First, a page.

Activist Joye Braun, who was denied intervener status in the PUC hearings, said a group of resisters will meet in Ft. Pierre next to the Pizza Ranch at 11 a.m. MDT (12 p.m. CDT).

“Riders, both native and non-native, will be joining us, and we will ride and march together across the bridge into Pierre to show our collective resistance to tar sands and the Keystone XL Pipeline,” she said.

The march will be followed by a water ceremony, concert rally, and a community feed.

“Be it on horseback, bike, or on foot, concerned citizens from across the state and the region will unite and ride into Pierre crossing the sacred Missouri River to communicate: We demand better than KXL,” the No KXL Dakota Coalition announced.

The Indigenous Environmental Network has joined Dakota Rural Action in a campaign to raise funds to support the on-going legal and grassroots fight against the Keystone XL Pipeline, as well as the Dakota Access Pipeline, which would transport Bakken crude from North Dakota across several states.

“These two pipeline proposals threaten the Great Plains – and our planet, by deepening our reliance on dirty fossil fuels,” campaign organizers said in a written statement.

“Protecting the Great Plains is critical to protecting the earth, our people, our land, and our water. This campaign bridges our pipeline fights and brings power to the people on the front lines,” they said.

The public relations firm Keybridge Communications in Washington, D.C. is distributing an essay claiming that concerns over environmental and economic impacts of the pipeline are “baseless.”

The essay by Washington Star columnist Drew Johnson, says, “In fact, the pipeline would actually help the environment. That's because moving oil by pipeline produces 42 percent fewer emissions than transporting the oil by rail, the next best alternative.”

It adds that federal regulators stipulated 59 special safety rules pertaining to TransCanada’s proposal and claims that the company’s 7-year-old Keystone Pipeline through all South Dakota’s eastern border counties “has already safely transported more than 610 million barrels of oil.”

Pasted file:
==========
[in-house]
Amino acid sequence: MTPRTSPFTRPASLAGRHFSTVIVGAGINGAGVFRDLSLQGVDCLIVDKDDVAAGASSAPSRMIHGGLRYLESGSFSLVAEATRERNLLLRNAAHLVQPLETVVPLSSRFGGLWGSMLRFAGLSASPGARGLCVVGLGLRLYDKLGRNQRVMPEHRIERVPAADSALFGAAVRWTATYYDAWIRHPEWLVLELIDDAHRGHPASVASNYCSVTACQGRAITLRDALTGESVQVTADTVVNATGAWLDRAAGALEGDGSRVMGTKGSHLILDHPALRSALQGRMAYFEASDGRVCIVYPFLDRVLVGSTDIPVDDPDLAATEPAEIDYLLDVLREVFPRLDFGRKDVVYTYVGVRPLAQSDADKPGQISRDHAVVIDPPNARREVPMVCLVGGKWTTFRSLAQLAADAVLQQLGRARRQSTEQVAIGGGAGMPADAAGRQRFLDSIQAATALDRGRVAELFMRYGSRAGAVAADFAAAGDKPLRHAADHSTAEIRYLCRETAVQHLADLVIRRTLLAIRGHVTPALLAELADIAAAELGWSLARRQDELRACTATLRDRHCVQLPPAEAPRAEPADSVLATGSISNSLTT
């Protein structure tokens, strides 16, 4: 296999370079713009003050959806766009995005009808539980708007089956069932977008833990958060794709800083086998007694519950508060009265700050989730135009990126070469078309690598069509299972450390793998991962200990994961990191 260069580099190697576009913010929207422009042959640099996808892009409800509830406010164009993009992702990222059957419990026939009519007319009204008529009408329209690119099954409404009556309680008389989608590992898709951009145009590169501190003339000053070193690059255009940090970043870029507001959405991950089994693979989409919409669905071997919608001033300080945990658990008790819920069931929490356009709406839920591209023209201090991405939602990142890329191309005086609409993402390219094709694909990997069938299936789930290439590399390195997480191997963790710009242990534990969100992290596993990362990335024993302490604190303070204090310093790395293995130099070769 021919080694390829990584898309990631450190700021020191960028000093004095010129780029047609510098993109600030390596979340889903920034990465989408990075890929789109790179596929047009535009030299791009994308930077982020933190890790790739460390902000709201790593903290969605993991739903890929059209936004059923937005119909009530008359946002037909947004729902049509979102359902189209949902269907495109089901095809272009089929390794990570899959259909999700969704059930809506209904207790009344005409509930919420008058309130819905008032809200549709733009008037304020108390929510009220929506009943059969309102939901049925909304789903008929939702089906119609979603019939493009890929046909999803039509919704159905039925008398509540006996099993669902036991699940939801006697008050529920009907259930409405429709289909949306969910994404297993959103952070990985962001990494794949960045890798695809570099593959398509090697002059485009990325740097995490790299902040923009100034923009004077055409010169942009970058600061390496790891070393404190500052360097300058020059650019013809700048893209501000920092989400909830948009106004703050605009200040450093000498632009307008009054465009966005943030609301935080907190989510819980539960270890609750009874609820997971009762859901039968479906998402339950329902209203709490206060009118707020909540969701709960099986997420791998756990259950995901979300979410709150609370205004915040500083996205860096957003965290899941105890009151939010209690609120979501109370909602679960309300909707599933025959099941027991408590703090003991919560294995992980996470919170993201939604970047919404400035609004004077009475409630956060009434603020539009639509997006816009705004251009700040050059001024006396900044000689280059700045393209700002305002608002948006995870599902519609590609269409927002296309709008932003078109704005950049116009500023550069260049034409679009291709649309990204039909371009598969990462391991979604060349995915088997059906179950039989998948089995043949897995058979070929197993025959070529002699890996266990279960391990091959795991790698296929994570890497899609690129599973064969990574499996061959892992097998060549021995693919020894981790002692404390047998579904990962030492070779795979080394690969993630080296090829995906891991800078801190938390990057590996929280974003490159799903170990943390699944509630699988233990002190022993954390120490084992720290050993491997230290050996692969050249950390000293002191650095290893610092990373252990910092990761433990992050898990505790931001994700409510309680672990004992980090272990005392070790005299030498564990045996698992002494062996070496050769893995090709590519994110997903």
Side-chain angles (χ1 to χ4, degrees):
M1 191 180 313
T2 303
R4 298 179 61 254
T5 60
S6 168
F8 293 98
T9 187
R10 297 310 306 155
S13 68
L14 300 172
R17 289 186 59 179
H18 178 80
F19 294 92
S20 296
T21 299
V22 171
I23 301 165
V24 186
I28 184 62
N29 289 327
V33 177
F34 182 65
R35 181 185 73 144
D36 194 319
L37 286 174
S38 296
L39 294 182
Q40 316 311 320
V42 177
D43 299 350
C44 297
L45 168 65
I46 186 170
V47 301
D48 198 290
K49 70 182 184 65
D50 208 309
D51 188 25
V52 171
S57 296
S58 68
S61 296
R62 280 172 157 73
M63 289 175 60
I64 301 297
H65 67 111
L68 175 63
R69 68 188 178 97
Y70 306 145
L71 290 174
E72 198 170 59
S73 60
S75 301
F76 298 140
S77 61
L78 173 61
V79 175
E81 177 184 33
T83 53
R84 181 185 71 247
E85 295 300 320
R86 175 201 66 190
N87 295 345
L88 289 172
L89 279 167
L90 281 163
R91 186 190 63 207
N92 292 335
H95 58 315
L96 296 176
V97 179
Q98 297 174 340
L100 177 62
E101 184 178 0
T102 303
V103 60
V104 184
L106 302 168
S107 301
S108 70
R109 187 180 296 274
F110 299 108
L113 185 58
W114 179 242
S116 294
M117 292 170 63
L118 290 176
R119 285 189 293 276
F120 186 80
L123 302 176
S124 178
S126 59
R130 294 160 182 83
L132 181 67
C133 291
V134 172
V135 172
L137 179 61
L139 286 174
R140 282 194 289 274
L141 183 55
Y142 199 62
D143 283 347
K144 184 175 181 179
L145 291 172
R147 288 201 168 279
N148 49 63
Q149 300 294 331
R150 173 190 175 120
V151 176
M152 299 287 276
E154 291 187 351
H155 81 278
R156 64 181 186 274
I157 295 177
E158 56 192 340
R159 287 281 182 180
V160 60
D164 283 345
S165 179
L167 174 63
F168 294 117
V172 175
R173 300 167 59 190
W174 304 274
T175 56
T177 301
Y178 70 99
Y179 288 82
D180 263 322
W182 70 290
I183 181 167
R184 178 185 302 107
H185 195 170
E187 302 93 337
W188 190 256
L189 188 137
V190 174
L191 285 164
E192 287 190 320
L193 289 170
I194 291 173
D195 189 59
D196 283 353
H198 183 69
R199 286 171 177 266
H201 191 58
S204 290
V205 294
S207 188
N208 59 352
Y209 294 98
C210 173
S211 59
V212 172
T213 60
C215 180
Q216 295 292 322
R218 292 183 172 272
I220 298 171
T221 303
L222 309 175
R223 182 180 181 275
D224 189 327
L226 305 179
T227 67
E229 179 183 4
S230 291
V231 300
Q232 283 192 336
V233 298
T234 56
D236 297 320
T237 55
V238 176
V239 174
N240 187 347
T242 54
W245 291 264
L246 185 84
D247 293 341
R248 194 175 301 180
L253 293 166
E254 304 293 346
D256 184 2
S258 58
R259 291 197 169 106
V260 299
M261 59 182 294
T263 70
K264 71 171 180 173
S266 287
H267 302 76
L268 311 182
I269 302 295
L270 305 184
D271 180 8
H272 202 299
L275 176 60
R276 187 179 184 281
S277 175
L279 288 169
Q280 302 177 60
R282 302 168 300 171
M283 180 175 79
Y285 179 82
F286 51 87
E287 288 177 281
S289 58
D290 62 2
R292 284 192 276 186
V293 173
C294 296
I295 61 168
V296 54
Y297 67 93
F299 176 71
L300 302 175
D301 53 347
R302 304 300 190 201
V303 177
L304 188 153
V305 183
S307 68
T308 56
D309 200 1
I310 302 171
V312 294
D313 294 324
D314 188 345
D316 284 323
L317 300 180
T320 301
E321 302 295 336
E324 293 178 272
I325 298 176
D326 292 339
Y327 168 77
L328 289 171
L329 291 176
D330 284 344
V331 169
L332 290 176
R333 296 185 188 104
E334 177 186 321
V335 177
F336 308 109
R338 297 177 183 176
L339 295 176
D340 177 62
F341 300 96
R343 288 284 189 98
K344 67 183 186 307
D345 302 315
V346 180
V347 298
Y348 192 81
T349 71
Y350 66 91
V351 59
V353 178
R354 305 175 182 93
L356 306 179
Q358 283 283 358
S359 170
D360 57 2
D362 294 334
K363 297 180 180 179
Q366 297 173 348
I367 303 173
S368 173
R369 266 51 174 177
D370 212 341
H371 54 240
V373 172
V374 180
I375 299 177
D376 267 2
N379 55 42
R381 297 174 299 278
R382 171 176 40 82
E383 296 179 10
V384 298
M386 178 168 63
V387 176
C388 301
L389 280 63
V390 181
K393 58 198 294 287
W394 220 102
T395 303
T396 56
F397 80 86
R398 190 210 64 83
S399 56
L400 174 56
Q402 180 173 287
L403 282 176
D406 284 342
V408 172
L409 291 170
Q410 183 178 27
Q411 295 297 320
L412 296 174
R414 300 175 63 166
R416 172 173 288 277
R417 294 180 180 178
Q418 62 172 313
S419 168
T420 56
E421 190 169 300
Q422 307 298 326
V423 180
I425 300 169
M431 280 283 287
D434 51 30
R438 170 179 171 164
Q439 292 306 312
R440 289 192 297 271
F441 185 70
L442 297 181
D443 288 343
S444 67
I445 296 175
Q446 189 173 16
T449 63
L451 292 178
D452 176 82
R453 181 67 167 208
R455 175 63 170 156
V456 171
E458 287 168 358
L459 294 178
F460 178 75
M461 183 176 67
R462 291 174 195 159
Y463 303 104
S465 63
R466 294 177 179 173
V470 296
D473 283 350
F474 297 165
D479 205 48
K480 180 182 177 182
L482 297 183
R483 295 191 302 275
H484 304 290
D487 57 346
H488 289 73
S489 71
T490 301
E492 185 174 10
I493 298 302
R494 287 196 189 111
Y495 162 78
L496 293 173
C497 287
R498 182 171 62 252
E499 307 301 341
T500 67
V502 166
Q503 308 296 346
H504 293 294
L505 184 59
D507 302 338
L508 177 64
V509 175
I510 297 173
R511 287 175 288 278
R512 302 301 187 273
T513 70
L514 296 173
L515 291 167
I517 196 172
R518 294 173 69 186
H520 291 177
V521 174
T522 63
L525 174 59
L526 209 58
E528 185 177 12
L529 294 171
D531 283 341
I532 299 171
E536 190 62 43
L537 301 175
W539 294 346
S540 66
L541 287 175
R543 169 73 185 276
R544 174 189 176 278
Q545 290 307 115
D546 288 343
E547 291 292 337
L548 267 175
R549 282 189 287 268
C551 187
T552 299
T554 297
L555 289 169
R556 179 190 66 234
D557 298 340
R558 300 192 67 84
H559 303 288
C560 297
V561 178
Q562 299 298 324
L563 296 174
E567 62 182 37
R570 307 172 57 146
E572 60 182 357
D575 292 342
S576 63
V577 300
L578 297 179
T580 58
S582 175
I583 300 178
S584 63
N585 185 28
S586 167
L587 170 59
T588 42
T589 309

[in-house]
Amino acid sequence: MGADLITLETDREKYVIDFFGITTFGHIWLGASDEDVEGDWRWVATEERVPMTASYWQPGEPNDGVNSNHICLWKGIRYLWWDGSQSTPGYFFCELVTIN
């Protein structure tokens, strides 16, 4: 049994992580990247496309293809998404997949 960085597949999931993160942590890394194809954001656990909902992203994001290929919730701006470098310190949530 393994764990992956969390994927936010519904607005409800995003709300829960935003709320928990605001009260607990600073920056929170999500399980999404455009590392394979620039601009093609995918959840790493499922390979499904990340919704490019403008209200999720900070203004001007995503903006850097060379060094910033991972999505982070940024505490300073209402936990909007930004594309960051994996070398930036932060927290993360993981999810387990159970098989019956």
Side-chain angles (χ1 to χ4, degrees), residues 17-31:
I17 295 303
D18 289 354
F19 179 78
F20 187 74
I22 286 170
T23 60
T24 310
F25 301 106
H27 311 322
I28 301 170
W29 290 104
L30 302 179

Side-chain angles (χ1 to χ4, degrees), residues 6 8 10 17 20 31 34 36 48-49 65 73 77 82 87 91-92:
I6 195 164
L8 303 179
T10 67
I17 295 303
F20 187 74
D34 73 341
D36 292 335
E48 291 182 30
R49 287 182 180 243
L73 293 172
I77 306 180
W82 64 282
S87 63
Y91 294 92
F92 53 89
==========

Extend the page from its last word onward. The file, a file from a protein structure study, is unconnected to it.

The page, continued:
However, the resisters’ joint testimony to the PUC claims, “There have been at least 14 spills of dangerous tar-sands crude from TransCanada's existing Keystone Pipeline and the Cushing Extension.”

It continues: “In the face of this dismal record, TransCanada consistently downplays the possibility of a significant oil spill in South Dakota, putting our land and water in jeopardy.”

At an April 14 PUC hearing, TransCanada Corp. admitted that it had not prepared an Emergency Response Plan for the Keystone XL Pipeline. Condition 36 of the expired permit for the Keystone XL Pipeline requires such a filing.

“TransCanada has not bothered to comply and prepare an emergency response plan, instead spending millions of dollars on lobbying and television advertising,” resisters charged.

Essayist Drew Johnson, an adjunct fellow at the Great Plains Public Policy Institute, which calls itself South Dakota's free market think tank, argues that the new pipeline would create jobs and pump money into government coffers in the form of tax contributions.

“To build Keystone XL, TransCanada would pay millions of dollars in local property taxes. The company has already paid $18 million in property taxes for the first Keystone pipeline.

“For the sake of the environment, the economy, national security and the residents of the state, South Dakota leaders must re-up Keystone XL's permit as soon they get the opportunity,” he says. Dakota Rural Action Executive Board Member Paul Seamans, whose ranchland is on the Keystone XL Pipeline route, counters: The five-year average of taxes received on the 200 miles of Keystone 1 Pipeline in South Dakota is $2.8 million per year. The average property tax paid per mile is $14,128.23 per mile.

Even if West River ranchland were taxed at the same rate as East River farmland (which it would not be), then the taxes received on the 313 miles of Keystone XL pipeline would be $4.42 million. This would be less than a fourth of the $20 million that TransCanada has been promising,” Seamans says.

“Consider, by contrast, what we are putting at risk by building Keystone XL: prime agricultural land across the entire state of South Dakota,” says No KXL Dakota. “Our agriculture industry contributes over $25 billion to the state’s economy. Pipelines put that land, water, and resource directly at risk on a daily basis,” the coalition said in a message urging citizens to contact the PUC.

(Contact Talli Nauman Health and Environment Editor at talli.nauman@gmail.com)

Copyright permission Native Sun News

Join the Conversation